To the end, in the hymns of the eighth, 156 a psalm to David. 157
1. “Of the eighth,” seems here obscure. For the rest of this title is more clear. Now it has seemed to some to intimate the day of judgment, that is, the time of the coming of our Lord, when He will come to judge the quick and dead. Which coming, it is believed, is to be, after reckoning the years from Adam, seven thousand years: so as that seven thousand years should pass as seven days, and afterwards that time arrive as it were the eighth day. But since it has been said by the Lord, “It is not yours to know the times, which the Father hath put in His own power:” 158 and, “But of the day and that hour knoweth no man, no, neither angel, nor Power, neither the Son, but the Father alone:” 159 and again, that which is written, “that the day of the Lord cometh as a thief,” 160 shows clearly enough that no man should arrogate to himself the knowledge of that time, by any computation of years. For if that day is to come after seven thousand years, every man could learn its advent by reckoning the years. What comes then of the Sons even not knowing this? Which of course is said with this meaning, that men do not learn this by the Son, not that He by Himself doth not know it: according to that form of speech, “the Lord your God trieth you that He may know;” 161 that is, that He may make you know: and, “arise, O Lord;” 162 that is, make us arise. When therefore the Son is thus said not to know this day; not because He knoweth it not, but because He causeth those to know it not, for whom it is not expedient to know it, that is, He doth not show it to them; what does that strange presumption mean, which, by a reckoning up of years, expects the day of the Lord as most certain after seven thousand years? 163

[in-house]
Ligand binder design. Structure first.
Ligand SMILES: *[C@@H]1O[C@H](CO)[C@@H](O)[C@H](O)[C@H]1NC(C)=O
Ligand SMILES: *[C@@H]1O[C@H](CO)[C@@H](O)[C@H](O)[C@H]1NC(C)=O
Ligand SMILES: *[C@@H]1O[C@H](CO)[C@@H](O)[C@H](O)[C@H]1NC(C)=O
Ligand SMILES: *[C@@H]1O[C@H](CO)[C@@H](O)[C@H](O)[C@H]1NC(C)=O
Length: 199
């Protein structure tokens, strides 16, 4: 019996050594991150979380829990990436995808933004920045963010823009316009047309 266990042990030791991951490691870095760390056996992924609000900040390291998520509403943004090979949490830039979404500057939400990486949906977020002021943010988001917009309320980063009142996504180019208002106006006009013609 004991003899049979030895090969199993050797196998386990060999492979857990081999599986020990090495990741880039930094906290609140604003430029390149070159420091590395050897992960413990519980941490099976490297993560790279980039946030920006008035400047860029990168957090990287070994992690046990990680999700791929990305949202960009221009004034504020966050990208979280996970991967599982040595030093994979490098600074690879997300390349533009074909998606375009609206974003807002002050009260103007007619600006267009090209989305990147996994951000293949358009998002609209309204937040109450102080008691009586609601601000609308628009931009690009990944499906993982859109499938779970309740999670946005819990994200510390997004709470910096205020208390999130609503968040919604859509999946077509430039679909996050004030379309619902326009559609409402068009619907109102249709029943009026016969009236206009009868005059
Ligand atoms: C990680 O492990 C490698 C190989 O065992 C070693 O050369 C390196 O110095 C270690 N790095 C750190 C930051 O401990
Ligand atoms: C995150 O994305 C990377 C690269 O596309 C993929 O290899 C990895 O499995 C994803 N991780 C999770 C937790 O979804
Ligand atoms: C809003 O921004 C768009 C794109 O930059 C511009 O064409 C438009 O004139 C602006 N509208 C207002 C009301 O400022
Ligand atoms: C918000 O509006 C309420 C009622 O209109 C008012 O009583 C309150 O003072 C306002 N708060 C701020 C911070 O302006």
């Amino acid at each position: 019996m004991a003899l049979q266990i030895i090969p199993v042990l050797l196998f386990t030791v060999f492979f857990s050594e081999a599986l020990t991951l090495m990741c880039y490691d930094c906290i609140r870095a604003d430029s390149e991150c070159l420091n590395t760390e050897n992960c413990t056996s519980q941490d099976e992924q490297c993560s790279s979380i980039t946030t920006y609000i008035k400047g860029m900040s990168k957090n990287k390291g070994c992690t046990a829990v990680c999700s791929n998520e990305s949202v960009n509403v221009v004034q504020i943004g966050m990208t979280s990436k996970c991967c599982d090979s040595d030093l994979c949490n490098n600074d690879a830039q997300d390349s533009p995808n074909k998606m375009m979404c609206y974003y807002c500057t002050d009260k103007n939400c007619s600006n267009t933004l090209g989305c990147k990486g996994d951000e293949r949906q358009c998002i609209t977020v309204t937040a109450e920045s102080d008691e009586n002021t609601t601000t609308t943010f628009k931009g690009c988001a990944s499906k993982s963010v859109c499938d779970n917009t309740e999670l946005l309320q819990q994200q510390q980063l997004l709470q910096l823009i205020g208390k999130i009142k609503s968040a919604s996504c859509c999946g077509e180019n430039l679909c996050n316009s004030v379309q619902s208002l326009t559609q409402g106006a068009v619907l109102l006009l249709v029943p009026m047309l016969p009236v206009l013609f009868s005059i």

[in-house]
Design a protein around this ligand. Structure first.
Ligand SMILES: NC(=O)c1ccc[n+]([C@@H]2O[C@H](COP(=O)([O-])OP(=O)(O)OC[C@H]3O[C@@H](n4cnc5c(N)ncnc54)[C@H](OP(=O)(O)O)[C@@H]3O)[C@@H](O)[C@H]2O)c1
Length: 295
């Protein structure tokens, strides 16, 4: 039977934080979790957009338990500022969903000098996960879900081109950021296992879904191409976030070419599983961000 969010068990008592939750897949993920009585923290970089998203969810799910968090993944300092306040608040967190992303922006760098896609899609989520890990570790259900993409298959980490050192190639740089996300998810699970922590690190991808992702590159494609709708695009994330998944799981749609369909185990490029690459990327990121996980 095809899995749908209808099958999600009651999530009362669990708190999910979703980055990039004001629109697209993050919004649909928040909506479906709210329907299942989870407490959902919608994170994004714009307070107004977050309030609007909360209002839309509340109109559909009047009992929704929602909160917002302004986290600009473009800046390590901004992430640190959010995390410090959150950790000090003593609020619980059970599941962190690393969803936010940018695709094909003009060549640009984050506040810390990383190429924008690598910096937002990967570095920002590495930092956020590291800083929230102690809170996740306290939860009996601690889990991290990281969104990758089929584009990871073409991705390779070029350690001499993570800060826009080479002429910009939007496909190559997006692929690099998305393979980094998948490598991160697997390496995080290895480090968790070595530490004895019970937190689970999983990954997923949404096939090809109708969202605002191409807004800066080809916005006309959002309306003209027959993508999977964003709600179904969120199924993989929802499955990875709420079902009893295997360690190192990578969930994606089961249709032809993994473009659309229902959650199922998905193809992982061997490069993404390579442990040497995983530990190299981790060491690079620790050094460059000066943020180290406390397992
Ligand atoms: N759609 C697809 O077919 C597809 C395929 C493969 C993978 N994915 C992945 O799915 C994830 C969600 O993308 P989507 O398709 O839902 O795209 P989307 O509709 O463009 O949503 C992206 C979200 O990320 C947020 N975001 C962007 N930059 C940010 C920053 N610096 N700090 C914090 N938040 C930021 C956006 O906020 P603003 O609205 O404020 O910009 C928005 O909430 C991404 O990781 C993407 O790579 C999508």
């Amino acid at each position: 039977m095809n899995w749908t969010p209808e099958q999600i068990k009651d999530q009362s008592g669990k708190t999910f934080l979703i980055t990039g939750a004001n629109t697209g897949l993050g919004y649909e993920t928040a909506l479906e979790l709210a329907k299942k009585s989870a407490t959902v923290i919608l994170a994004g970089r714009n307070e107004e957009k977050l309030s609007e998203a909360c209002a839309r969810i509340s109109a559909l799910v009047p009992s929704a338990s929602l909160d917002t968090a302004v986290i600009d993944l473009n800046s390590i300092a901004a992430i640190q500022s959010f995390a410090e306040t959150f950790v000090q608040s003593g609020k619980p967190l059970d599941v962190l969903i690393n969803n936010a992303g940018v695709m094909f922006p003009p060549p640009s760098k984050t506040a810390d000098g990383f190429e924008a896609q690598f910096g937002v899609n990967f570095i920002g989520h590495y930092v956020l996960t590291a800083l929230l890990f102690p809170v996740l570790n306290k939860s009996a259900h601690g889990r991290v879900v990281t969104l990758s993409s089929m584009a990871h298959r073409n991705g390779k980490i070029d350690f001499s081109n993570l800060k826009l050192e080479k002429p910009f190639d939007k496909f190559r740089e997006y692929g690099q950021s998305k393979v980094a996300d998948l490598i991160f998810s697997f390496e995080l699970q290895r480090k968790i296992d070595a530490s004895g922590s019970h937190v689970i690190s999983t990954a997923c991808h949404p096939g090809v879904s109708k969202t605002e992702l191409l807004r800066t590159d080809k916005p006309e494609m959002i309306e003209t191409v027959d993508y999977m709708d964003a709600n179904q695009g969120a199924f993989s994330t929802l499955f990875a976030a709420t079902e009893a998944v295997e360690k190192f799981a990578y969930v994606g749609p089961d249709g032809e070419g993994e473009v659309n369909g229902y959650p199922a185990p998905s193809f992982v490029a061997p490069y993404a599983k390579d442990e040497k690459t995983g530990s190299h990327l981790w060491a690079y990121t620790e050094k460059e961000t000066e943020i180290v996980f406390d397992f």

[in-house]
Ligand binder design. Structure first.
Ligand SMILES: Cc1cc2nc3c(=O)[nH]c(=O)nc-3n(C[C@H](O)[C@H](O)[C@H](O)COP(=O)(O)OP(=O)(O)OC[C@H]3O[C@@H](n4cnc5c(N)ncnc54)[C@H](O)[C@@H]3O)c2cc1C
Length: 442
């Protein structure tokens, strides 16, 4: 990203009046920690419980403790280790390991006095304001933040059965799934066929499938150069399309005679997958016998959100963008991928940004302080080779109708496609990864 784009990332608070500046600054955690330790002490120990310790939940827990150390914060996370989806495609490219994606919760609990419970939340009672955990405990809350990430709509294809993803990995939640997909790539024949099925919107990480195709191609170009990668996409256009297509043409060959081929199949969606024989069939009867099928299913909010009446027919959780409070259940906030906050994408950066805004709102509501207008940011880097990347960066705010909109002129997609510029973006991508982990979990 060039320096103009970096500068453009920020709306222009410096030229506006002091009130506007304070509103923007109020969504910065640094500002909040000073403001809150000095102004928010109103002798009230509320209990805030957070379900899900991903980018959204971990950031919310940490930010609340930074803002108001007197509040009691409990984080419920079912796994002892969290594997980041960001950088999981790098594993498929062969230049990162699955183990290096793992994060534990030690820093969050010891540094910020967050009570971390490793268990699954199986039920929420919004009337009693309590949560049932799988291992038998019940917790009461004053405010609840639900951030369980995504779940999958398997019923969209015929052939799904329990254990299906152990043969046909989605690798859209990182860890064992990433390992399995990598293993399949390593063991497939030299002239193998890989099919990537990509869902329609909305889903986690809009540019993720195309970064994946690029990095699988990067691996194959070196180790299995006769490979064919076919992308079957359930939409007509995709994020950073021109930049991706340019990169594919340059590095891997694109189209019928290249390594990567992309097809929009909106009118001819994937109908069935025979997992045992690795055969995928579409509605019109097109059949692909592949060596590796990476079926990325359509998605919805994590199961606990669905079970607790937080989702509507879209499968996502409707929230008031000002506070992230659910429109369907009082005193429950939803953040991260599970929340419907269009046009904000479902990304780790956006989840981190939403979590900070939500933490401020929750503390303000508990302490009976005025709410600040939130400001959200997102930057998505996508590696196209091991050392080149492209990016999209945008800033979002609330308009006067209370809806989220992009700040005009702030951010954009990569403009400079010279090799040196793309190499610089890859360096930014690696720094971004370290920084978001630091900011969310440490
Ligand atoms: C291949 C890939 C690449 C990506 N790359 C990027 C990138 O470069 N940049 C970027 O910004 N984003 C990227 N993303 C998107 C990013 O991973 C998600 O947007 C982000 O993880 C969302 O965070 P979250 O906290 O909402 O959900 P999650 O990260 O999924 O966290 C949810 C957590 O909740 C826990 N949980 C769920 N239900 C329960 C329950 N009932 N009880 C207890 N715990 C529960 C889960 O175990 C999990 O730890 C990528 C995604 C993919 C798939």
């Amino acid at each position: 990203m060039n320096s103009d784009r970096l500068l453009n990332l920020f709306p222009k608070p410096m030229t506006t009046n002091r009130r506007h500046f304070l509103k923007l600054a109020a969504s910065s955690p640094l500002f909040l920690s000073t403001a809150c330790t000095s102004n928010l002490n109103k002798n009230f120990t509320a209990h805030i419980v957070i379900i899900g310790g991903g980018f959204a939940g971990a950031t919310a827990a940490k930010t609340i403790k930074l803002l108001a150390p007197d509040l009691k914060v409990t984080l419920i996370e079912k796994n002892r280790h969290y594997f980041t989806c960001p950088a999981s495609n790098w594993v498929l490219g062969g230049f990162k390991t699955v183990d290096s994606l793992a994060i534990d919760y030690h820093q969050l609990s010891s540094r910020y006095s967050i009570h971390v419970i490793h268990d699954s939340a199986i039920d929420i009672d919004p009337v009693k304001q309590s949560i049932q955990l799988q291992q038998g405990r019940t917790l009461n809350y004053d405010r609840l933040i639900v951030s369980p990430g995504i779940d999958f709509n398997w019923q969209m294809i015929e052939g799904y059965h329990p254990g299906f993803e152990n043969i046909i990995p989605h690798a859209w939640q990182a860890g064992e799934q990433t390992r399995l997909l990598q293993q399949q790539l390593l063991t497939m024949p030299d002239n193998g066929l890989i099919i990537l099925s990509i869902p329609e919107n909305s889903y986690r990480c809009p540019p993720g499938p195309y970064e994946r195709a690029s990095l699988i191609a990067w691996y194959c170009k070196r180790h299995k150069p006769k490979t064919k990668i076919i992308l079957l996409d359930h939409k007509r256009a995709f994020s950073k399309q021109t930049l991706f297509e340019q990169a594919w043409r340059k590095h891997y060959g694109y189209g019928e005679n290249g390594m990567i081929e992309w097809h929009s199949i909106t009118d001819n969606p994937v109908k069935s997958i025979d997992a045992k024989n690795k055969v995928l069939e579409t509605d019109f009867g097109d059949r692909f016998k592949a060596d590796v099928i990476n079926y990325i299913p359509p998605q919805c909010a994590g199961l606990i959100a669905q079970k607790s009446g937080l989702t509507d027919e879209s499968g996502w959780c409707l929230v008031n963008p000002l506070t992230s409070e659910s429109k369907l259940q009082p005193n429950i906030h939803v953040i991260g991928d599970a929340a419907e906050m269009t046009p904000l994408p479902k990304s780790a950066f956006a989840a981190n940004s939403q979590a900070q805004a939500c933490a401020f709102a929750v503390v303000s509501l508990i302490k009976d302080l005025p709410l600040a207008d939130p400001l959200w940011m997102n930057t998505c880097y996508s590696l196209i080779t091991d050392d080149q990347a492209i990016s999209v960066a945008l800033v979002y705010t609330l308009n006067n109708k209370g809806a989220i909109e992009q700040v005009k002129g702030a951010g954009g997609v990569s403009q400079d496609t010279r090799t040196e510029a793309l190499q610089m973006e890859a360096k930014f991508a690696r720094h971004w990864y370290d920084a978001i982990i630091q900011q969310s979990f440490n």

2. Be we then willingly ignorant of that which the Lord would not have us know: and let us p. 16 inquire what this title, “of the eighth,” means. The day of judgment may indeed, even without any rash computation of years, be understood by the eighth, for that immediately after the end of this world, life eternal being attained, the souls of the righteous will not then be subject unto times: and, since all times have their revolution in a repetition of those seven days, that peradventure is called the eighth day, which will not have this variety. There is another reason, which may be here not unreasonably accepted, why the judgment should be called the eighth, because it will take place after two generations, one relating to the body, the other to the soul. For from Adam unto Moses the human race lived of the body, that is, according to the flesh: which is called the outward and the old man, 164 and to which the Old Testament was given, that it might prefigure the spiritual things to come by operations, albeit religious, yet carnal. Through this entire season, when men lived according to the body, “death reigned,” as the Apostle saith, “even over those that had not sinned.” Now it reigned “after the similitude of Adams transgression,” 165 as the same Apostle saith; for it must be taken of the period up to Moses, up to which time the works of the law, that is, those sacraments of carnal observance, held even those bound, for the sake of a certain mystery, who were subject to the One God. But from the coming of the Lord, from whom there was a transition from the circumcision of the flesh to the circumcision of the heart, the call was made, that man should live according to the soul, that is, according to the inner man, who is also called the “new man” 166 by reason of the new birth and the renewing of spiritual conversation. Now it is plain that the number four has relation to the body, from the four well known elements of which it consists, and the four qualities of dry, humid, warm, cold. Hence too it is administered by four seasons, spring, summer, autumn, winter. All this is very well known. For of the number four relating to the body we have treated elsewhere somewhat subtilly, but obscurely: which must be avoided in this discourse, which we would have accommodated to the unlearned. But that the number three has relation to the mind may be understood from this, that we are commanded to love God after a threefold manner, 167 with the whole heart, with the whole soul, with the whole mind: 168 of each of which severally we must treat, not in the Psalms, but in the Gospels: for the present, for proof of the relation of the number three to the mind, I think what has been said enough. Those numbers then of the body which have relation to the old man and the Old Testament, being past and gone, the numbers too of the soul, which have relation to the new man and the New Testament, being past and gone, a septenary so to say being passed; because everything is done in time, four having been distributed to the body, three to the mind; the eighth will come, the day of judgment: which assigning to deserts their due, will transfer at once the saint, not to temporal works, but to eternal life; but will condemn the ungodly to eternal punishment.